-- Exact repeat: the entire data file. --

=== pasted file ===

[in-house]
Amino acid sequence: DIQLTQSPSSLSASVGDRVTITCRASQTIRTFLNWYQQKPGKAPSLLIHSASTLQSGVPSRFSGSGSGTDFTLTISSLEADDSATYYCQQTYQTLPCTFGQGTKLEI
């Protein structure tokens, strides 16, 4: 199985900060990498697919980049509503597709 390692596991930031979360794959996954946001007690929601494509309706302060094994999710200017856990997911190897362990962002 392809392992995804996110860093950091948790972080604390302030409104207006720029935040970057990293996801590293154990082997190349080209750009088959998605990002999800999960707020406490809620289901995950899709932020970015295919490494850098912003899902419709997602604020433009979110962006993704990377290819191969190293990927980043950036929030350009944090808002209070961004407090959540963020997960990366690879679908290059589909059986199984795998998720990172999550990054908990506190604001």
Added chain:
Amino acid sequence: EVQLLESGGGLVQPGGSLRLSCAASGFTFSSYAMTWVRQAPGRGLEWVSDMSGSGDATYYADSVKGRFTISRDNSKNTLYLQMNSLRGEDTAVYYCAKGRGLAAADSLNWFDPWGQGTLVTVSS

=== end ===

[in-house]
Amino acid sequence: DIQLTQSPSSLSASVGDRVTITCRASQTIRTFLNWYQQKPGKAPSLLIHSASTLQSGVPSRFSGSGSGTDFTLTISSLEADDSATYYCQQTYQTLPCTFGQGTKLEI
């Protein structure tokens, strides 16, 4: 199985900060990498697919980049509503597709 390692596991930031979360794959996954946001007690929601494509309706302060094994999710200017856990997911190897362990962002 392809392992995804996110860093950091948790972080604390302030409104207006720029935040970057990293996801590293154990082997190349080209750009088959998605990002999800999960707020406490809620289901995950899709932020970015295919490494850098912003899902419709997602604020433009979110962006993704990377290819191969190293990927980043950036929030350009944090808002209070961004407090959540963020997960990366690879679908290059589909059986199984795998998720990172999550990054908990506190604001």
Added chain:
Amino acid sequence: EVQLLESGGGLVQPGGSLRLSCAASGFTFSSYAMTWVRQAPGRGLEWVSDMSGSGDATYYADSVKGRFTISRDNSKNTLYLQMNSLRGEDTAVYYCAKGRGLAAADSLNWFDPWGQGTLVTVSS